When Puma AG Rudolf Dassler Sport PMMAF announced a comeback attempt in basketball earlier this year, it turned heads in the industry.
Why is the brand that has had a really strong run in sportswear over the past few years entering a struggling performance basketball footwear market? A market that it had left in an unspectacular fashion nearly 20 years ago, after parting ways with the Sacramento Kings' Vince Carter?
The brand's basketball legacy includes being the first company to give an NBA star their own signature shoe: The Puma Clyde, named for basketball legend Walt "Clyde" Frazier.
Ahead of the upcoming NBA draft, Puma doubled down on its commitment to basketball, signing projected No. 1 and 2 picks DeAndre Ayton and Marvin Bagley III. Puma also signed Zhaire Smith, a potential lottery pick.
Puma then dropped the real hammer, announcing Jay-Z as the creative director of its relaunched basketball segment.
After signing with the German sportswear brand, Bagley said: “I chose Puma because I wanted to be different. I saw an opportunity where I could come in and build from the jump and work to get to a certain level.”
Basketball Footwear Headwinds Persist
With Nike Inc NKE and the Jordan brand far and away the dominant leader in basketball shoes, the potential exists for a new player to steal market share — but the market is stagnant, NPD Group's Matt Powell told Benzinga.
Puma’s push into basketball is more about giving the brand a stake in the performance footwear market if it comes back into fashion, Powell said.
“It comes down to the product. The product has to be really compelling. If they can make it interesting, maybe they can crack the code, but the headwinds are pretty strong right now."
A North American Play
Puma's basketball effort is not about sales, but rather entering the footwear conversation in North America, said sports attorney Darren Heitner.
The move is reminiscent of how Adidas AG (ADR) ADDYY, another German footwear brand, put an increased focus on the world’s biggest sneaker market that ultimately paid dividends.
“Enhanced relevance in the U.S. — that’s absolutely a major goal for Puma. As an international brand they are competitive, but when you think about shoe and apparel brands ... Puma is never making its way in and they are trying to change the dialogue," he said.
Even if the new spending isn't justified by sales this year, Puma may still recoup the costs indirectly, Heitner said.
The Bagley deal is worth $2.1 million per year over five years, Heitner said, adding that the money is a blip on the radar for the multibillion-dollar apparel company.
“If you can gather a few blue chip players and even one of them turns out to be the likes of a Steph Curry, LeBron James or Kevin Durant, man, that would be a bargain."
Heitner said the brand will likely learn from missteps made by Under Armour Inc UAA in entering the basketball footwear market.
A Shrewd Marketing Move
Oliver Maroney, NBA writer for DimeUproxx, told Benzinga Puma’s announcements leading up to the draft represent some of the best basketball marketing moves in the last five years.
“It has been orchestrated really well. It has become the storyline of the draft and has captured everyone’s attention, even if it is only for a little while,” Maroney said.
Puma must still make an extremely compelling product so it doesn't suffer the wrath that Under Armour received after several poor releases, he said.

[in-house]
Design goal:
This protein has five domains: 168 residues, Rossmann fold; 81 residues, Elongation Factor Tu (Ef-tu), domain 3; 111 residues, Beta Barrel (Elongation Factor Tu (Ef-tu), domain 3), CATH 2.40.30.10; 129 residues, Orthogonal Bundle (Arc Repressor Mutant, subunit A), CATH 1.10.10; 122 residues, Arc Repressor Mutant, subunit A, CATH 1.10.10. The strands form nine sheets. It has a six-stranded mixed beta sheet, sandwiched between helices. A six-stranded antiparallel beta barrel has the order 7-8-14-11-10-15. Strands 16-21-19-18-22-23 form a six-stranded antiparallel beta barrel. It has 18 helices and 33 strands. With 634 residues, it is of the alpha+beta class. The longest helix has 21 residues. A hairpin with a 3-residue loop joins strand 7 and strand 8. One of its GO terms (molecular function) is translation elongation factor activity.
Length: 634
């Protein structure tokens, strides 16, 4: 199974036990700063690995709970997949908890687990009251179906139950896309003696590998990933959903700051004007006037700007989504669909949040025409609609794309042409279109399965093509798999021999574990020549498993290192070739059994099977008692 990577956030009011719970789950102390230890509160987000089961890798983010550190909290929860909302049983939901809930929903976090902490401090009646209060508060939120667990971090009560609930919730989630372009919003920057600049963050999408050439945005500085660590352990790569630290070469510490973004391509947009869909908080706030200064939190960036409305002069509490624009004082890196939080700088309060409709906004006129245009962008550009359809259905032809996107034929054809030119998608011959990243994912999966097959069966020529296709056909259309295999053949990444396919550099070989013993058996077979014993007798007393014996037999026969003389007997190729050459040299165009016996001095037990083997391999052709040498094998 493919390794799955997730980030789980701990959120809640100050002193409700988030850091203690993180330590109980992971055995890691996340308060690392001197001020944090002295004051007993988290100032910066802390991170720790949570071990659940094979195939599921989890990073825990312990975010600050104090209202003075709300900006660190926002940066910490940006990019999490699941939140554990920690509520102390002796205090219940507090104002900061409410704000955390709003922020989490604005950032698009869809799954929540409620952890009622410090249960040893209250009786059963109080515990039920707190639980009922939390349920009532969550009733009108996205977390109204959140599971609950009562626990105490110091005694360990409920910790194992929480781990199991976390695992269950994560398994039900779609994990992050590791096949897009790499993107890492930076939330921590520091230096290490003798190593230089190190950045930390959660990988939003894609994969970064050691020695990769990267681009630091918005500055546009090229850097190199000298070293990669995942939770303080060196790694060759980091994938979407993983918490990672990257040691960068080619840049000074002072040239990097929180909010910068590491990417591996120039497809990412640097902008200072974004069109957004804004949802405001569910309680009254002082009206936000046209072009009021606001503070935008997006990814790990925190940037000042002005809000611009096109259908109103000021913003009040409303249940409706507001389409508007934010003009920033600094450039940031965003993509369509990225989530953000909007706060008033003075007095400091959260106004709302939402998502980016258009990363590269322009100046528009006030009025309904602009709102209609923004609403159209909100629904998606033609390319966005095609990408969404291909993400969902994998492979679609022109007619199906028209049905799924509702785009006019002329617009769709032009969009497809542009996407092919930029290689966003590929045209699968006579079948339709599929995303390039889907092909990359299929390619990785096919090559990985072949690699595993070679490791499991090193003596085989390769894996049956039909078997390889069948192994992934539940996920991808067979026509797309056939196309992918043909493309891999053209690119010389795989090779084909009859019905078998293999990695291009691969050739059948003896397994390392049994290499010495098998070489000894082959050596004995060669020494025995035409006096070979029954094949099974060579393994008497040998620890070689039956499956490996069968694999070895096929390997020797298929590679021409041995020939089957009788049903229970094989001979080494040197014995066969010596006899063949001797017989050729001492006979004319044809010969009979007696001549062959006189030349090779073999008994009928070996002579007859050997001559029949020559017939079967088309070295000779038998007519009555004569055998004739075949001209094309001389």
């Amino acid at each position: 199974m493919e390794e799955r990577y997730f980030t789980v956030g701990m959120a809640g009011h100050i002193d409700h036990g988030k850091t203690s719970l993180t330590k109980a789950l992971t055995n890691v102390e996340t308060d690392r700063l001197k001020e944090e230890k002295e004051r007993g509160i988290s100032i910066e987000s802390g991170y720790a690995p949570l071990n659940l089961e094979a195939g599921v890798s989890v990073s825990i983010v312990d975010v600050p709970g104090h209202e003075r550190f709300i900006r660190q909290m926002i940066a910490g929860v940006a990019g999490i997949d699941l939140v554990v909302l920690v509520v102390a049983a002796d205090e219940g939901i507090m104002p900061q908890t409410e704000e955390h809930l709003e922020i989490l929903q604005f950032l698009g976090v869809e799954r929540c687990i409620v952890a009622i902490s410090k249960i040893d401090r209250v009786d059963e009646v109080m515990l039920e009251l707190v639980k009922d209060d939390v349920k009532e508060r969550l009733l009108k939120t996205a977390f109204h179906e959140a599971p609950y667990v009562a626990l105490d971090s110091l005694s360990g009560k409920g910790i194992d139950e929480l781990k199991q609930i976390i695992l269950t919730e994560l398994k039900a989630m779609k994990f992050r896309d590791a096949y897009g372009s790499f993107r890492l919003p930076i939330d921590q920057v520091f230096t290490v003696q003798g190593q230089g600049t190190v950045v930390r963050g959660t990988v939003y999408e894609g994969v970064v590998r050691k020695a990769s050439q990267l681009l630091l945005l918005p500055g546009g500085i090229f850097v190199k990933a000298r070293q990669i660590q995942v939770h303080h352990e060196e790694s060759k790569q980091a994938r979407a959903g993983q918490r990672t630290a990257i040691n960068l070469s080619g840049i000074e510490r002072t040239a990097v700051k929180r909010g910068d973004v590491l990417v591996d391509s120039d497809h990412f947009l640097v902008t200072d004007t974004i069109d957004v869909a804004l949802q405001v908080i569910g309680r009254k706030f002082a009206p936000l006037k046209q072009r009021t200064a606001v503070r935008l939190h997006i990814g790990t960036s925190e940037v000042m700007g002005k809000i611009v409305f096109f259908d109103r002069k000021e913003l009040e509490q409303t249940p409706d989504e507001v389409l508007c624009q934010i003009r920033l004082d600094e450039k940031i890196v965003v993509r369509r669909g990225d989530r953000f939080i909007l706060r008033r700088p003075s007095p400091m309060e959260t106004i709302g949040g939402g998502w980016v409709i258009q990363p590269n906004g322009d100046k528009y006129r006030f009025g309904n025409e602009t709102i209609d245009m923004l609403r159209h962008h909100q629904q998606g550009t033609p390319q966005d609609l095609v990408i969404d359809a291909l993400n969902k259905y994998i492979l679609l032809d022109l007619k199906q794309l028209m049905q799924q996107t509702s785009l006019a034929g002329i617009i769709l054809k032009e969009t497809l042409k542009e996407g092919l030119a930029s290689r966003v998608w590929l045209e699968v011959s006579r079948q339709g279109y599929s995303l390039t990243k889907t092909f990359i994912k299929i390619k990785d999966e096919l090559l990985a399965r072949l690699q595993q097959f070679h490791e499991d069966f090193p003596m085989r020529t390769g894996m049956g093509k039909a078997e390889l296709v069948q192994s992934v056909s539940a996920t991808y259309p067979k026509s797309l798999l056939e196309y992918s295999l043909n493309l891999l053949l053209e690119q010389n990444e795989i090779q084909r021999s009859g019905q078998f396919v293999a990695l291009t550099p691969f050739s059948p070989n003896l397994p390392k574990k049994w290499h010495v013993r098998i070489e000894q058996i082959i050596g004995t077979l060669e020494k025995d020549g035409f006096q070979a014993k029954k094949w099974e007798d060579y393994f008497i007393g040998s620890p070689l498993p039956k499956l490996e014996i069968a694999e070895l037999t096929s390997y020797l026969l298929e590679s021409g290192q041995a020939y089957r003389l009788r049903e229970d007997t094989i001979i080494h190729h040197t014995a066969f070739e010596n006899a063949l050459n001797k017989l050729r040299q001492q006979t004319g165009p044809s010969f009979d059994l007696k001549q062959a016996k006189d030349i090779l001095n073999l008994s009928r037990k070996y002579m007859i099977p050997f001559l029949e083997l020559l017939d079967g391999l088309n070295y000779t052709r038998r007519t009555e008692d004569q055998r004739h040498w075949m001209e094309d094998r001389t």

“Puma has a clean slate, but the product has to be perfect. If they are going to drop a shoe, they need to drop an extremely good-looking basketball shoe."
Puma entering basketball not only helps the game, but helps the players' brands as well because of the opportunity to become the face of a brand rather being in a superstar's shadow, Maroney said.
“It is helping the players' brands even more than they know because they are the face of Puma basketball — now, you can’t say that for Nike or Adidas."
Photo courtesy of Puma.
© 2022 Benzinga.com. Benzinga does not provide investment advice. All rights reserved.
Ad Disclosure: The rate information is obtained by Bankrate from the listed institutions. Bankrate cannot guaranty the accuracy or availability of any rates shown above. Institutions may have different rates on their own websites than those posted on Bankrate.com. The listings that appear on this page are from companies from which this website receives compensation, which may impact how, where, and in what order products appear. This table does not include all companies or all available products.
All rates are subject to change without notice and may vary depending on location. These quotes are from banks, thrifts, and credit unions, some of whom have paid for a link to their own Web site where you can find additional information. Those with a paid link are our Advertisers. Those without a paid link are listings we obtain to improve the consumer shopping experience and are not Advertisers. To receive the Bankrate.com rate from an Advertiser, please identify yourself as a Bankrate customer. Bank and thrift deposits are insured by the Federal Deposit Insurance Corp. Credit union deposits are insured by the National Credit Union Administration.
Consumer Satisfaction: Bankrate attempts to verify the accuracy and availability of its Advertisers' terms through its quality assurance process and requires Advertisers to agree to our Terms and Conditions and to adhere to our Quality Control Program. If you believe that you have received an inaccurate quote or are otherwise not satisfied with the services provided to you by the institution you choose, please click here.
Rate collection and criteria: Click here for more information on rate collection and criteria.